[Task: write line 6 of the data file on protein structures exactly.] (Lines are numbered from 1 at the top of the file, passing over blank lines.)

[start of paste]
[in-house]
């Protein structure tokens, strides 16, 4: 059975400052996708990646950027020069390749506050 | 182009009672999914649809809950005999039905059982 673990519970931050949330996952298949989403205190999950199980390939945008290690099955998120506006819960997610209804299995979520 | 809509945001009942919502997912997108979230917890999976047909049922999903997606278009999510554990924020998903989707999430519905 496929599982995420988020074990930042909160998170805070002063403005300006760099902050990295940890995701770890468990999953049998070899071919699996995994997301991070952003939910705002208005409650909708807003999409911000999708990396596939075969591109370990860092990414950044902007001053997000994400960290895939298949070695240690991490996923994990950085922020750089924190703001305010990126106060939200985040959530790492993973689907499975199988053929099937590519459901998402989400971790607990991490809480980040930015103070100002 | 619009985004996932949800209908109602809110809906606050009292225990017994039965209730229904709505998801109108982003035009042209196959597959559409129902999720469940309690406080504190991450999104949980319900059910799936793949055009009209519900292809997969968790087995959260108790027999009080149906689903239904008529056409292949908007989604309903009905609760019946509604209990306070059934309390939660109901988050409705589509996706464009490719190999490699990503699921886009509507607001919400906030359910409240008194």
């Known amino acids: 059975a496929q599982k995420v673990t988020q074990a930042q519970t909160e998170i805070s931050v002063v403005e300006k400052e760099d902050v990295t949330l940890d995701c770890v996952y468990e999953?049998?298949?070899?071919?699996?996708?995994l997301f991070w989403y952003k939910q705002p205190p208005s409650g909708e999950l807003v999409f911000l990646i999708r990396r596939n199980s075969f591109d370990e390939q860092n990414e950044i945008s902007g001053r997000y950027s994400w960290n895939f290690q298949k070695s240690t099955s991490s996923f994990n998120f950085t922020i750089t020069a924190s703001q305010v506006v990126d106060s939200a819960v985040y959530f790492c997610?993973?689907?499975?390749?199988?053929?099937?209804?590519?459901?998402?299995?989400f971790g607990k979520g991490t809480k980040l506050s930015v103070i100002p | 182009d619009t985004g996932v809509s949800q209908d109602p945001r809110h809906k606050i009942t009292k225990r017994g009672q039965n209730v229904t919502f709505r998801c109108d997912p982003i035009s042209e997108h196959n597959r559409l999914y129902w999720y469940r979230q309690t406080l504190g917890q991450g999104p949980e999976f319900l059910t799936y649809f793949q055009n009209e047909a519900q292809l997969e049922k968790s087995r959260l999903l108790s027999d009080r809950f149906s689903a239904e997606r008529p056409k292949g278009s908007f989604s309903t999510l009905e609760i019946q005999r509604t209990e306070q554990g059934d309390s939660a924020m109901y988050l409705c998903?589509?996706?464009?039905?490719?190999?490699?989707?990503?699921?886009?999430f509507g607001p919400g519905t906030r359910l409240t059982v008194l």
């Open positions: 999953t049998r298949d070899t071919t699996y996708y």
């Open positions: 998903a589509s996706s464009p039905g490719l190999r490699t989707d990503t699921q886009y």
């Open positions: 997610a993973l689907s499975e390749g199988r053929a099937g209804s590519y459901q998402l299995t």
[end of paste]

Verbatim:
């Open positions: 997610a993973l689907s499975e390749g199988r053929a099937g209804s590519y459901q998402l299995t």